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Thanks to regulators, SVB will be the most costly bank failure in history

Customers and bystanders form a line outside a Silicon Valley Bank branch location, Monday, March 13, 2023, in Wellesley, Mass. (AP Photo/Steven Senne)

The FDIC estimates that the SVB resolution will cost the deposit insurance fund $20 billion

The receivership has already lost $16.5 billion in the discounted loan values needed to consummate the First Citizens deal. The FDIC retains some upside by acquiring equity appreciation certificates in the deal, but any gains will be tempered by an agreement for the FDIC to partially share future losses in the transferred loans. 

Will the SVB receivership suffer only $3.5 billion in additional losses when it liquidates $90 billion in held-to-maturity securities? As of SVB’s Dec. 31 regulatory reports, these securities reportedly had  $15 billion in mark-to-market losses. Time will tell, but I am guessing the insurance fund losses will exceed the $20 billion initial estimate and be, by far, the most costly bank failure in history — a title formerly held by the $12 billion insurance fund loss on IndyMac.  

If the FDIC had treated SVB as a routine bank failure, it would have been resolved without any cost to the FDIC deposit insurance fund. Under normal rules, losses would have been borne by the uninsured depositors as required by the FDIC Improvement Act of 1991 which mandates that the FDIC carry out resolutions in a manner that imposes the least cost on the deposit insurance fund.

Instead, the U.S. Treasury, the Federal Reserve and the FDIC choose to declare SVB a “systemic risk” to the financial system so they could impose a blanket deposit insurance guarantee that will cost the FDIC fund at least $20 billion, probably more, instead of virtually nothing if the bank was resolved following normal procedures. Other banks, and ultimately taxpayers, will pay for SVB’s insurance fund losses, losses that were a direct result of regulatory neglect.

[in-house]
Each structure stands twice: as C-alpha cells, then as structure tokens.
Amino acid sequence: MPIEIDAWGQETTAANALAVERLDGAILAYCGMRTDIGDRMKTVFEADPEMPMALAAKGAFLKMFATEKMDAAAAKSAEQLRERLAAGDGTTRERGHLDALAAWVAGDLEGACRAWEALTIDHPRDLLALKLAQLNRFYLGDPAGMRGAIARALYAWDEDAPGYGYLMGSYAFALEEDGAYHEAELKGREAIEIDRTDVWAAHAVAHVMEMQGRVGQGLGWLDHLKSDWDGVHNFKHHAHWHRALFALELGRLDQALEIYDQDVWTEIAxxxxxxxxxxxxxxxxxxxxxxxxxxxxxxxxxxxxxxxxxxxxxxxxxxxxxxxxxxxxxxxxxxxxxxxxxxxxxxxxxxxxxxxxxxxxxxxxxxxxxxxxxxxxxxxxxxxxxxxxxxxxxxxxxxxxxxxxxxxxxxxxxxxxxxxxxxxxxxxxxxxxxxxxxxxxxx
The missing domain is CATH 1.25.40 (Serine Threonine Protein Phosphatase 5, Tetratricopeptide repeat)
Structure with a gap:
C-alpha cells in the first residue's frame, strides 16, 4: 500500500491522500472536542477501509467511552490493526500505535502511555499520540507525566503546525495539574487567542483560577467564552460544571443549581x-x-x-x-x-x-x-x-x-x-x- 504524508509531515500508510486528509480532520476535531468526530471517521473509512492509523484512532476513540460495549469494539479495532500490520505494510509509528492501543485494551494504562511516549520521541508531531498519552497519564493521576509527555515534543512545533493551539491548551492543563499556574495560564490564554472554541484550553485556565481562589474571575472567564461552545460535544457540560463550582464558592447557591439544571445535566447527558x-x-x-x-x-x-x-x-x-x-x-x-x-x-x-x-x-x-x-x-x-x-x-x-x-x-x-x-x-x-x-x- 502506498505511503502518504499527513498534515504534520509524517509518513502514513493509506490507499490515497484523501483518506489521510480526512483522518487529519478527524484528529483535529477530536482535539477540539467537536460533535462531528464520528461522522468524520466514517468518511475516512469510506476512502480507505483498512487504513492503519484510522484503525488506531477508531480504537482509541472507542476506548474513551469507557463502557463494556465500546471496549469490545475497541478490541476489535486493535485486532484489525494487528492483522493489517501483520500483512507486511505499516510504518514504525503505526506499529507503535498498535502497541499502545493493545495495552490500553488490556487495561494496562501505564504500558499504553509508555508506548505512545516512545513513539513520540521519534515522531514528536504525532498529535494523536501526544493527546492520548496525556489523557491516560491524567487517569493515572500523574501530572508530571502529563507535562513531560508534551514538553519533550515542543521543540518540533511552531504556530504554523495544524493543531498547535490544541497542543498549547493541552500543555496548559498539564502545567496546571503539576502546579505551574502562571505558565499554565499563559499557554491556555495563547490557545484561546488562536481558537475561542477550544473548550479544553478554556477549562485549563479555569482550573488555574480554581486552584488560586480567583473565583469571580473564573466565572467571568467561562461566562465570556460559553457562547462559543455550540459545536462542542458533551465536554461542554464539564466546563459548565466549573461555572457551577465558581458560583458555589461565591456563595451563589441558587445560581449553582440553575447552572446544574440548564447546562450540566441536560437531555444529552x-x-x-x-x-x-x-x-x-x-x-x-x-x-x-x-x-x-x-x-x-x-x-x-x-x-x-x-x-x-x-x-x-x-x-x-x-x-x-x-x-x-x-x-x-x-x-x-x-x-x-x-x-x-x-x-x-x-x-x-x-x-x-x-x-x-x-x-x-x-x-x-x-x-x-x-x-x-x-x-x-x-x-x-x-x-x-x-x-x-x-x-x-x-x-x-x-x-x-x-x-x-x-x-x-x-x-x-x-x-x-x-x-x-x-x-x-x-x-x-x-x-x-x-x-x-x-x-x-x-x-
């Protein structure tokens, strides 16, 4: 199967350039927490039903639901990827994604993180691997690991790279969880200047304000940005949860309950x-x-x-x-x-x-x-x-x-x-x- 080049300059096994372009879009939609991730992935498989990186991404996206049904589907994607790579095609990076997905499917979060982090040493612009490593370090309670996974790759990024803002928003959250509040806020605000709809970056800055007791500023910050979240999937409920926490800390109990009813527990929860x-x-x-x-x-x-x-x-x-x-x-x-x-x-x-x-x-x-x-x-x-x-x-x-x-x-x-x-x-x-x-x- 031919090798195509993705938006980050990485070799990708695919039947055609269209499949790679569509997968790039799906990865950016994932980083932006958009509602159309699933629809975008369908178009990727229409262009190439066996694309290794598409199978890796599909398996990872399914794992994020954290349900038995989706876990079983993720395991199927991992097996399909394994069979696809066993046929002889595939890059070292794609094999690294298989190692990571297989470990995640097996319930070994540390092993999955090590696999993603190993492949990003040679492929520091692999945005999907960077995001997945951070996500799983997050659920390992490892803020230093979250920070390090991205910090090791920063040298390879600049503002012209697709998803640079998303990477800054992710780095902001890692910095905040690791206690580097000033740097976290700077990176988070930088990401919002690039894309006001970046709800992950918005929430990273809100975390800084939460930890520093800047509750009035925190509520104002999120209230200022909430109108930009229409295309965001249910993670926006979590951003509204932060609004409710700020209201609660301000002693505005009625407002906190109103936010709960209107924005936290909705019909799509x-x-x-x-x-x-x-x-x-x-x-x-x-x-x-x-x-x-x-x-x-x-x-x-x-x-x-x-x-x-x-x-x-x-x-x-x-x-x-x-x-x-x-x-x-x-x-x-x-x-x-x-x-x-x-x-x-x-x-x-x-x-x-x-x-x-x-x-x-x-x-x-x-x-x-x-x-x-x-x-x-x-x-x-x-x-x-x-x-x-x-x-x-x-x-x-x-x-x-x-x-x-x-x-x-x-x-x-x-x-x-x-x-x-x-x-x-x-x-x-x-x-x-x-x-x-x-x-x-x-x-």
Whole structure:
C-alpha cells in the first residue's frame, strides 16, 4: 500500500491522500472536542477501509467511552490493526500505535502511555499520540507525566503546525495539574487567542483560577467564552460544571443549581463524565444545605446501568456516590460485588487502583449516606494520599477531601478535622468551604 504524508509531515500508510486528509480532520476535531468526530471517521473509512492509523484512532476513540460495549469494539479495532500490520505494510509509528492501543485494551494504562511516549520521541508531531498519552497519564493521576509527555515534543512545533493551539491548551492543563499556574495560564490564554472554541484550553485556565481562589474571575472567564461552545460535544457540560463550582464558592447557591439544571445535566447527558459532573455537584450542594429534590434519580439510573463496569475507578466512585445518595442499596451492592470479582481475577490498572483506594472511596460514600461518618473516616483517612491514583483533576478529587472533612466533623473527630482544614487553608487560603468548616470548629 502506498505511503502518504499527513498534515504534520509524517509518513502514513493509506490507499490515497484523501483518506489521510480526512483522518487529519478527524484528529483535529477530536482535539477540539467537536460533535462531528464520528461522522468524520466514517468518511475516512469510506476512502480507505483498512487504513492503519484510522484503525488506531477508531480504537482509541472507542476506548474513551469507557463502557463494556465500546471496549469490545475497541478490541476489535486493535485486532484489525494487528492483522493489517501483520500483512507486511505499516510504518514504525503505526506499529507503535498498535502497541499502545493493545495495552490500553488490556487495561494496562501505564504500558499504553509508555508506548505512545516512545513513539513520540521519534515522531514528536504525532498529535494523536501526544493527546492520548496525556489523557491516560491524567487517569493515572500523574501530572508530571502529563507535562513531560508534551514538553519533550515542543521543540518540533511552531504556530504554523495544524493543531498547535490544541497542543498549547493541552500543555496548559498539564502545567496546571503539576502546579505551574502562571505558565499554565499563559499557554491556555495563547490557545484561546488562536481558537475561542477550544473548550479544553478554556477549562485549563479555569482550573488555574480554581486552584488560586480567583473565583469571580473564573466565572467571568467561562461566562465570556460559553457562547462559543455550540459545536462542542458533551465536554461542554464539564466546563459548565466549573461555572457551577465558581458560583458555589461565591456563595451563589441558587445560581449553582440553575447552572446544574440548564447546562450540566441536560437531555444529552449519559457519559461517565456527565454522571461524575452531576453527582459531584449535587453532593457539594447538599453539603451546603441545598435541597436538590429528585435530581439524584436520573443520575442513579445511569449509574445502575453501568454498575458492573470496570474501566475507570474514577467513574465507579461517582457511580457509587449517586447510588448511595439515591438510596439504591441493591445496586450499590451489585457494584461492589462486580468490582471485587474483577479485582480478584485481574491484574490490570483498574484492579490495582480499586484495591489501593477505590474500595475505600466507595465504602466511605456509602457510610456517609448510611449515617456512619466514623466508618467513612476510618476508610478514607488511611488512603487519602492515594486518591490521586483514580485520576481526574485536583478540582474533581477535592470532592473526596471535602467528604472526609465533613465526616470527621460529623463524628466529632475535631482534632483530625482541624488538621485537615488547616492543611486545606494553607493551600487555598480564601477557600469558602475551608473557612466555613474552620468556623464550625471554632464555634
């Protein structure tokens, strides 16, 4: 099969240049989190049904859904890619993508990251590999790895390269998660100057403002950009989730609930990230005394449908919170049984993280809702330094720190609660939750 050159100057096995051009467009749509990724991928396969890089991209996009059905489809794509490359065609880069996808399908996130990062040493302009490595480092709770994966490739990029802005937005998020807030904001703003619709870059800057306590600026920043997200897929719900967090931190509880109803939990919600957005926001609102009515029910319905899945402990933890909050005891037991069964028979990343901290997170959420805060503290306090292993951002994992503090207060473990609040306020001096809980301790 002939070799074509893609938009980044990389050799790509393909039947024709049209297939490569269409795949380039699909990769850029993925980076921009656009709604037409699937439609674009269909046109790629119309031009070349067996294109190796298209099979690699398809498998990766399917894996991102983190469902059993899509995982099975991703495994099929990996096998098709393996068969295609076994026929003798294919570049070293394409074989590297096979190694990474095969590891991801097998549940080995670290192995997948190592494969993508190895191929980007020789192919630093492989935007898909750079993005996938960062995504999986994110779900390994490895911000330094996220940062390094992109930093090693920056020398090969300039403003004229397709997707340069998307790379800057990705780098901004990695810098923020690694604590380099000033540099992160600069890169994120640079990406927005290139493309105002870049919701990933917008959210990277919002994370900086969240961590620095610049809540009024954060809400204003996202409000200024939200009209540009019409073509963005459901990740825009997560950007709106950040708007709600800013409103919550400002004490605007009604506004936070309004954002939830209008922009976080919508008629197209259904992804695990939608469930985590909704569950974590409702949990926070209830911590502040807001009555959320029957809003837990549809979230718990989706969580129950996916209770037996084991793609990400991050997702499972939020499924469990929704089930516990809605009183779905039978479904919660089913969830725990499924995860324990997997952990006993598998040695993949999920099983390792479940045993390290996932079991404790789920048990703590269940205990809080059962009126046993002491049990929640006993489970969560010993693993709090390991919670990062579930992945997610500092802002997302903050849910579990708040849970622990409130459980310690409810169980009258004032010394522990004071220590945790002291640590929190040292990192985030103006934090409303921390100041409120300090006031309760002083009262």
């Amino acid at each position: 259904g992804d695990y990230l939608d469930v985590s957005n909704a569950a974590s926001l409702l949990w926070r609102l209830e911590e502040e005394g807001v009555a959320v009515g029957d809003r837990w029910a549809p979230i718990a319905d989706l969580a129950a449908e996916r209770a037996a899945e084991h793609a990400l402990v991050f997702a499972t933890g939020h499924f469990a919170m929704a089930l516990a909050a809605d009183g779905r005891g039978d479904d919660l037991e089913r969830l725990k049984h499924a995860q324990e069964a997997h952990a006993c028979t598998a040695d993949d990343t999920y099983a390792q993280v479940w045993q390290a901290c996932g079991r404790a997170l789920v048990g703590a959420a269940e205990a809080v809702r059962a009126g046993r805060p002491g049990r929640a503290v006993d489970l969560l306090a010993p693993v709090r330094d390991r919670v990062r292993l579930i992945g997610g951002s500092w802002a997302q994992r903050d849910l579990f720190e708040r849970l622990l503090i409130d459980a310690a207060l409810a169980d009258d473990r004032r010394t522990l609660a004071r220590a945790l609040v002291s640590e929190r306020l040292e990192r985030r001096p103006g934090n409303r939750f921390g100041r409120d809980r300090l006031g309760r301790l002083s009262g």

If the SVB failure was treated as a routine bank failure, it could have been resolved with minimal cost to the FDIC deposit insurance fund. When it failed, the bank had $167 billion in total assets funded with at most $4.8 billion in fully insured deposits and at most $9.4 billion in deposit insurance fund liability for the 37,466 accounts with balances in excess of the $250,000 FDIC insurance limit. The $9.4 billion estimate overstates the insurance fund’s liability because roughly $42 billion in deposits ran before the bank was closed. 

SVB’s 2022 year-end regulatory reports show $209 billion in assets funded with about $175.5 billion in deposits, of which about $157 billion were held in accounts with balances in excess of the $250,000 FDIC insurance limit. When the FDIC closed the bank, it had $119 billion in remaining deposits.

On March 26, The FDIC consummated a deal that reportedly transferred $56.5 billion in deposit liabilities to First Citizens Bancshares of Raleigh, N.C. The assets transferred from the receivership reportedly included $72 billion in SVB loans valued at $55.5 billion, a $16.5 billion discount from SVB’s book valuation. The SVB receivership also transferred other assets, including SVB branches, that must have been valued at $1 billion since an FDIC receivership sale usually transfers an equal value of assets and liabilities to the acquiring institution. Reportedly, $90 billion in SVB securities remain in the FDIC receivership.

On its final day of operations, SVB reportedly suffered a depositor run of about $42 billion that sealed its fate. By the time the FDIC closed SVB bank, it had liquidated roughly $42 billion in cash and other securities to fund its depositor run. The details of the First Citizens deal suggest that roughly $62.5 billion in additional deposit funds ran after deposits were fully guaranteed in the FDIC bridge bank.

The systemic risk exception deposit blanket guarantee allowed $62.5 billion in deposits to run, most of which were above the FDIC insurance limit and would have normally taken losses in SVB’s resolution. First Citizens reportedly acquired $56.5 billion in deposits transferred without any depositor losses. 

If the FDIC had followed its normal resolution policies, taxpayers would not now be facing the pass-through cost of higher bank deposit insurance premiums banks will pay to cover SVB’s FDIC insurance fund losses. Instead, the administration’s choice to invoke a “systemic risk exception” and guarantee all of SVB’s depositors has allowed $62.5 billion of uninsured deposits to run thereby transferring more than $20 billion in losses to the deposit insurance fund and ultimately to taxpayers. The blanket guarantee has made SVB the most costly bank failure in FDIC insurance fund history.

Paul Kupiec is a senior fellow at the American Enterprise Institute.

Tags bank failures Federal Deposit Insurance Corporation Federal Reserve Politics of the United States Silicon Valley Bank failure Systemic risk Treasury Department

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